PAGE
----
Let’s face it. Social media is the language of our generation. Within the last decade, technological advancements have exploded to provide us all with the capacity to present the highlights of our lives, and access to the highlights of other people’s lives. The selective information we take in deeply affects the way we perceive not only ourselves and other people, but especially our perceptions of ministry. How can we maintain a healthy understanding of ministry in light of its glorified presentation in social media today?
Families are close to God’s heart. Scripture reveals that from the very beginning God brought individuals together through family relationships. These relationships have great potential for demonstrating the love of God to the world, specifically when families join together in a church community. The necessity of these relationships makes it critical for the church to be intentional about helping families connect. How can our churches help families become better connected?
With the connectedness of the online world, we can use social media as a platform for community, not as our only source, but as a support mechanism to be a catalyst for new friendships and connections. One can not negate the importance of social media but still must acknowledge the fact that it is not a mere one-for-one substitute for face-to-face community. How do you find the balance between your community online and your community in day-to-day life?
Media, as of late, has seemed to embrace religious, and sometimes even Christian elements within TV, movies and music. There has been a “resurgence” so to speak of media caring about religious subplots and overtones. However, is it really that media has really embraced religious expression, or is it doing what it has always done, intersect entertainment with life?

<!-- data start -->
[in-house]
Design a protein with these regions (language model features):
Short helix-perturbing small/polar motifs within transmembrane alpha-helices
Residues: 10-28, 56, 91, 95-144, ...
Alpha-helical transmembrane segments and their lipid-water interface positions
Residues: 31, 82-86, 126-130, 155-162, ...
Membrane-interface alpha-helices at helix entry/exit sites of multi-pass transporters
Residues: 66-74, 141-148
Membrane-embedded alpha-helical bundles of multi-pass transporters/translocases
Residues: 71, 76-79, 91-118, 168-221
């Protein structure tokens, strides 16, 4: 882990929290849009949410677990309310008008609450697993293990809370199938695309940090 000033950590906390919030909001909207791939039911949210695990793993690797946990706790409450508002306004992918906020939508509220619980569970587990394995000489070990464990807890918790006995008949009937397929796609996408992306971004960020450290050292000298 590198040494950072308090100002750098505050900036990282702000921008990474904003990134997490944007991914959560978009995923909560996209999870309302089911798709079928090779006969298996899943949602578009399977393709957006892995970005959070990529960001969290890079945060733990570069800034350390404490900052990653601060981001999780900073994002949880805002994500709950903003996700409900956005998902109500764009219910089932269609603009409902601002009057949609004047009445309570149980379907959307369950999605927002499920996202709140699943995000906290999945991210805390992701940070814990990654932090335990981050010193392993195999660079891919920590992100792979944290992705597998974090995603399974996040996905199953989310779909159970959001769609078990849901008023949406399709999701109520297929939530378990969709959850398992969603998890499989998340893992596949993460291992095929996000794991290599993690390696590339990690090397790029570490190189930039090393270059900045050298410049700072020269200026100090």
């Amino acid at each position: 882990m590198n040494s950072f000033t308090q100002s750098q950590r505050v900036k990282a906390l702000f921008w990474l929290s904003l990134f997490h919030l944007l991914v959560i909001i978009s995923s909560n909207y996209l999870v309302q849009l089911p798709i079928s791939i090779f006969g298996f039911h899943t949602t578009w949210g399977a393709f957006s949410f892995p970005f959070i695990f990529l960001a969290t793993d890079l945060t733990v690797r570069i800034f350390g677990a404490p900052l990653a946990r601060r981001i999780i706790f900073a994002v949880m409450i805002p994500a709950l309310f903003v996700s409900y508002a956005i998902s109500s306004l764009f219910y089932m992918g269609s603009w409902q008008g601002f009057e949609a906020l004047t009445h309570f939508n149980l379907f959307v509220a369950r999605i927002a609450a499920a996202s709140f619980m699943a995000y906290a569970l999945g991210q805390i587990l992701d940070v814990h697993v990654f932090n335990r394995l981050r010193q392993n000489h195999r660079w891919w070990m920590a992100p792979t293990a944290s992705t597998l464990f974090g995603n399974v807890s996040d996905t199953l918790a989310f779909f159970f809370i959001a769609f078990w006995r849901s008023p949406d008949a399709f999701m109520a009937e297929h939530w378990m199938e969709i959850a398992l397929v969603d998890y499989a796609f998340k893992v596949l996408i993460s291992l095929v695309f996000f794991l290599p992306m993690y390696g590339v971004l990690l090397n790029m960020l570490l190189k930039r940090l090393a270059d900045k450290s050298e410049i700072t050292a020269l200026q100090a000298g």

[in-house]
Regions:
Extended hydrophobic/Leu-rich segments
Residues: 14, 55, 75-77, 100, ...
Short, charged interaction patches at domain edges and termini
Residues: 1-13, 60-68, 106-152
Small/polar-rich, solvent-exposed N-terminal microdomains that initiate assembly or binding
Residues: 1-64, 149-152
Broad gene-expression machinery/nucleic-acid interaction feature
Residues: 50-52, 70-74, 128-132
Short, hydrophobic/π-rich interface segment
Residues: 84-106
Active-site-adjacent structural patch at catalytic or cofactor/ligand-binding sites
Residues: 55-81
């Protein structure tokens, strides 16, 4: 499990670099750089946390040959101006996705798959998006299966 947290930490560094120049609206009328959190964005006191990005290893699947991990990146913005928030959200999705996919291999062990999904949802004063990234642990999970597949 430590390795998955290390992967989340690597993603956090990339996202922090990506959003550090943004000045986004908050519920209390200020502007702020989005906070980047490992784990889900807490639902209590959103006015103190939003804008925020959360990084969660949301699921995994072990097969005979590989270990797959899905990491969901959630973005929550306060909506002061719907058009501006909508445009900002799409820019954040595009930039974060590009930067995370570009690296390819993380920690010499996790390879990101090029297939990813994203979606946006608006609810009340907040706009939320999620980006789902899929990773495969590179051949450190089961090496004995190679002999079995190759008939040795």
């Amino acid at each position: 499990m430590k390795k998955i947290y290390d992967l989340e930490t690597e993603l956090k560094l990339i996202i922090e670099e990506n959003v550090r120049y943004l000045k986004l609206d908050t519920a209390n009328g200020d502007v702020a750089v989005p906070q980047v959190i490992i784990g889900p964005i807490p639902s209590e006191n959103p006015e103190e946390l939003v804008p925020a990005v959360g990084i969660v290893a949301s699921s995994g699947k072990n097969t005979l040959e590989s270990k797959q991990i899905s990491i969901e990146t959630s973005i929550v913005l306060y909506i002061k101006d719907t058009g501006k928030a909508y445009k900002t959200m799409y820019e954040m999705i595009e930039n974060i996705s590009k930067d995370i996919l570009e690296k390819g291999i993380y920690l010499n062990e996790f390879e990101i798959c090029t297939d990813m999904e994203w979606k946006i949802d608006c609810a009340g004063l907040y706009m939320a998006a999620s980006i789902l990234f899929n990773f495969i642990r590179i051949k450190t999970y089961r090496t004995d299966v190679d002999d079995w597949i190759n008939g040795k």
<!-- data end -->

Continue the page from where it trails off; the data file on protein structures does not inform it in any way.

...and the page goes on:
Black History Month for me had been an annual moment in February of reflection on the historical accomplishments of African American men and women who had achieved great accomplishments in history. It was a time of celebration because so much had been accomplished for men and women of color with abolition of slavery, the civil rights era, desegregation of schools, voter’s rights, and the list goes on. Lest we celebrate too quickly, there is a human dignity that Dr. King expressed that we the American people are still seeking today.
In the season of Advent, it is fitting to think on and celebrate the birth of Christ. God’s message is woven through the story of Christmas, even down to the details of Christ’s birth in a stable. The story of Christ’s humble and unassuming birth paints a masterful painting of God’s love for the outcast and underprivileged. The story of the manger is much more than a yearly Bible reading or focus of a play, it is a call to action for all of those who claim to be followers of Christ.
Human life is in danger due to its loss of love, respect, and affirmation. For life to flourish it must be valued, and cherished. What are the challenges facing humanity that threaten the sanctity of life? Furthermore, what should be humanity’s responses in order to consistently choose life over that which promotes death?
Have any of you been a little disappointed and frustrated by the condescension with which we are often treated by the news media, medical professionals, and even some preachers? Their expectations of us almost seem to be that we know very little and the “expert” is going to “enlighten” us. If we don’t learn to think on our own two feet and allow others to tell us what to think, might we even be destroyed by “experts” we allow to think for us?
Political theology, or sometimes called public theology, is a form of theological analysis that engages the social sphere from a theological perspective. One of the issues that has become evident in the last fifty years or so is that Christianity is not the only religion in town. Although America is a multi-religious nation, there is another quasi-religious dimension that sacralizes the democratic political system. That religion is what social theorists call civil religion. Have we, as Christ-followers, made the paradigm of civil religion the main expression of our Christianity in America?